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Here on DKE, liberal activists seemed to have two clear favorites in the Hawaii primaries: Representative Mazie Hirono over former Representative Ed Case, and Honolulu City Councilwoman Tulsi Gabbard over former Honolulu Mayor Mufi Hannemann.  Both Hirono and Gabbard won big.  Does that mean the Hawaii primary electorate saw eye-to-eye with online activists?  

Maybe not.  There were two articles on the candidates' performance at the state house level, which mentioned places where Case did well and so did Gabbard, and vice-versa, so I decided to look by precinct.  And, while it isn't the strongest relationship, there was a positive correlation between Tulsi Gabbard's precinct performance in HI-02 and Ed Case's, and a negative correlation between Mufi Hannemann's precinct performance and Ed Case's.  Let's look into this further.

I used the precinct-level results from the Hawaii government along with Wessa's online regression software (Wessa P., (2008), Multiple Regression (v1.0.26) in Free Statistics Software (v1.1.23-r7), Office for Research Development and Education).


I hope no one's offended by my title.  I'm in the "netroots bubble" too--it's simply the consequence of trying to follow lots of races all over the country and support candidates that seem to agree with us on the issues we think are important, which are probably national issues.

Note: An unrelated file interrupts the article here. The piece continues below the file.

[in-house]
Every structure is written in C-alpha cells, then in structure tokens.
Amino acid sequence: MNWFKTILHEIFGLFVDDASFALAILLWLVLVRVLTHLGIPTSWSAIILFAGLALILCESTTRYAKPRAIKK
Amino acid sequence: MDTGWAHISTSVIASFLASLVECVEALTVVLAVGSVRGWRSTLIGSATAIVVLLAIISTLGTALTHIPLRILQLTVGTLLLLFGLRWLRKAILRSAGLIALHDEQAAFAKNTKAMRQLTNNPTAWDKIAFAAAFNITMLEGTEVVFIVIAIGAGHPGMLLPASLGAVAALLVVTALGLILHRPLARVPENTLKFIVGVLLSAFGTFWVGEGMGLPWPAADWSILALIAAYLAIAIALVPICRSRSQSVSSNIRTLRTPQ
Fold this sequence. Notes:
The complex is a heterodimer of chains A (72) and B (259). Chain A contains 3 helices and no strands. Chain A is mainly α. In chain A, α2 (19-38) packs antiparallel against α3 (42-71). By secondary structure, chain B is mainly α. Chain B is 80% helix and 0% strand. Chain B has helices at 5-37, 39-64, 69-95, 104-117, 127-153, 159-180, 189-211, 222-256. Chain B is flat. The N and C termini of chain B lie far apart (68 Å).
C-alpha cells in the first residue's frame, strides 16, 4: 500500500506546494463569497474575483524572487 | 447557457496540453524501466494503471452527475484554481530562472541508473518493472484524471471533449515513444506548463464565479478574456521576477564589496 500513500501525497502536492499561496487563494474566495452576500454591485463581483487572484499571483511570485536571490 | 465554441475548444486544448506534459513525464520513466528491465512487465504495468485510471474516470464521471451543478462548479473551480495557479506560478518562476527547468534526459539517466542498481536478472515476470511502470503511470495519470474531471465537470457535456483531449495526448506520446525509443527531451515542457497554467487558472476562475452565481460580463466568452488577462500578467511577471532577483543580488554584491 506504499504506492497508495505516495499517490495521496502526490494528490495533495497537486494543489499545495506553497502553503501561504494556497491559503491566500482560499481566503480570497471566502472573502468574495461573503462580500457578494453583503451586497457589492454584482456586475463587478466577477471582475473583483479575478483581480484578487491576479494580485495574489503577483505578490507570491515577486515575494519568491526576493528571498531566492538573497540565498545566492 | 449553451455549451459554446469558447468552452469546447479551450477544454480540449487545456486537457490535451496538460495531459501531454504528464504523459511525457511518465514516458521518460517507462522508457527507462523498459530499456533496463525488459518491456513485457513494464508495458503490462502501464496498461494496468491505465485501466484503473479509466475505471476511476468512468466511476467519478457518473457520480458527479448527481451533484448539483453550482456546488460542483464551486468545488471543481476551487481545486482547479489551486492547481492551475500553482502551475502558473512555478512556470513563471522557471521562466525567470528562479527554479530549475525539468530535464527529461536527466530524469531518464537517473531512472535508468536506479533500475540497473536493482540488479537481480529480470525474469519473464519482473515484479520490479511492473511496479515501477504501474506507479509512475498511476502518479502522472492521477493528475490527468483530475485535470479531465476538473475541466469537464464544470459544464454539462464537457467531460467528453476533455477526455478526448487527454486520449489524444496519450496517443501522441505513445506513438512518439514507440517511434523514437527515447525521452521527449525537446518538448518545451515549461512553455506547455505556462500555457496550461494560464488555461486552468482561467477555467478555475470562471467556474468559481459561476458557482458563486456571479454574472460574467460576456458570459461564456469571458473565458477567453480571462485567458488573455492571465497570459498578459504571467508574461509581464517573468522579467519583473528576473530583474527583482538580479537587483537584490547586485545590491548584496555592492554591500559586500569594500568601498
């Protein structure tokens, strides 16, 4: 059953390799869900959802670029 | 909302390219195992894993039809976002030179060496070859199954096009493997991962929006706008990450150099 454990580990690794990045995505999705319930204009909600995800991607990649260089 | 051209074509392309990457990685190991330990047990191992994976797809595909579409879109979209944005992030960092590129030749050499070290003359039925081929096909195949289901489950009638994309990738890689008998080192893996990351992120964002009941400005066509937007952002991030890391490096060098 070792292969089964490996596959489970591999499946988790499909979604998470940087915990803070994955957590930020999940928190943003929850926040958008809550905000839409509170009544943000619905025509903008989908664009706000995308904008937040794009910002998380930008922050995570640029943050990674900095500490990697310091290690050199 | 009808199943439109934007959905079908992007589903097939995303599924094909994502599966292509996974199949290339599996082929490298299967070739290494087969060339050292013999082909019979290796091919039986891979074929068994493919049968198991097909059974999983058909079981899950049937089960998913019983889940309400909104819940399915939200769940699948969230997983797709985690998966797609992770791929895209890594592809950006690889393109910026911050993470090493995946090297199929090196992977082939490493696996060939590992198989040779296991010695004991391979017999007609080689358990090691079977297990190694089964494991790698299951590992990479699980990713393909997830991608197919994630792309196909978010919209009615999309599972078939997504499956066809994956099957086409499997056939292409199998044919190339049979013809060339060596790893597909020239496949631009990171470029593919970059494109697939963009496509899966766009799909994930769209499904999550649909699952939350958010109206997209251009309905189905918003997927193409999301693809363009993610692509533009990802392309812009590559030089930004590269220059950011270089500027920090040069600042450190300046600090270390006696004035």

There's nothing wrong with that, but there's always the possibility that we're over-looking important local factors that don't correlate with our own ideological emphases.  (And hopefully some locals will stop by this diary and tell me if I'm on the right track--that's one of the great things this community can offer.)

DKE, and national activists in general, seemed to have clear opinions on the Hawaii Congressional primaries.

Despite Tulsi Gabbard's lousy history on gay rights, liberal activists seemed to mostly line up behind her--she had the endorsements of the Sierra Club and Dennis Kucinich--especially since her opponent, Mufi Hannemann, is currently to her right on social issues.  

Meanwhile, Mazie Hirono is one of the most liberal members of Congress--her Progressive punch score is the 8th highest in the House!--and her opponent was a former member of the Blue Dog caucus.

Despite this, the Maui News noted:

Kahului was the single state House district Mufi Hannemann claimed in his losing bid to Tulsi Gabbard in Saturday's Democratic primary race for the 2nd Congressional District, according to a geographical analysis of voter results.

Hannemann bested Gabbard by a margin of 50.9 percent to 43.2 percent in Maui's state House District 9 - which includes Kahului, Wailuku and Puunene.